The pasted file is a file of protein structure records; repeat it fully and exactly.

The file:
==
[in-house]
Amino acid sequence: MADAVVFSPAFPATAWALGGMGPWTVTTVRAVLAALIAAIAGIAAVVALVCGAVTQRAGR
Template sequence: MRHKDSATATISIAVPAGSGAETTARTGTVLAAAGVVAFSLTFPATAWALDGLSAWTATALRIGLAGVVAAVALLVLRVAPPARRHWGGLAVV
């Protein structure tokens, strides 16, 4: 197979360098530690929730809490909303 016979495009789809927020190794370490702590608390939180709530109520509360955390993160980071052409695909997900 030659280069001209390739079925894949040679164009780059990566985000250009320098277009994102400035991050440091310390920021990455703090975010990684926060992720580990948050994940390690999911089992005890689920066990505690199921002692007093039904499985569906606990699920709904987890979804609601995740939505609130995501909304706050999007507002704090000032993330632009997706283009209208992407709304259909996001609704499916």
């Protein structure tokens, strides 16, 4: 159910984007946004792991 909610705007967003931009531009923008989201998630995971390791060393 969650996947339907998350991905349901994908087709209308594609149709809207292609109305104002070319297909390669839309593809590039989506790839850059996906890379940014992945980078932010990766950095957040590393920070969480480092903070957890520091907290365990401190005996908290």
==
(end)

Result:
[in-house]
Amino acid sequence: MADAVVFSPAFPATAWALGGMGPWTVTTVRAVLAALIAAIAGIAAVVALVCGAVTQRAGR
Template sequence: MRHKDSATATISIAVPAGSGAETTARTGTVLAAAGVVAFSLTFPATAWALDGLSAWTATALRIGLAGVVAAVALLVLRVAPPARRHWGGLAVV
């Protein structure tokens, strides 16, 4: 197979360098530690929730809490909303 016979495009789809927020190794370490702590608390939180709530109520509360955390993160980071052409695909997900 030659280069001209390739079925894949040679164009780059990566985000250009320098277009994102400035991050440091310390920021990455703090975010990684926060992720580990948050994940390690999911089992005890689920066990505690199921002692007093039904499985569906606990699920709904987890979804609601995740939505609130995501909304706050999007507002704090000032993330632009997706283009209208992407709304259909996001609704499916």
């Protein structure tokens, strides 16, 4: 159910984007946004792991 909610705007967003931009531009923008989201998630995971390791060393 969650996947339907998350991905349901994908087709209308594609149709809207292609109305104002070319297909390669839309593809590039989506790839850059996906890379940014992945980078932010990766950095957040590393920070969480480092903070957890520091907290365990401190005996908290």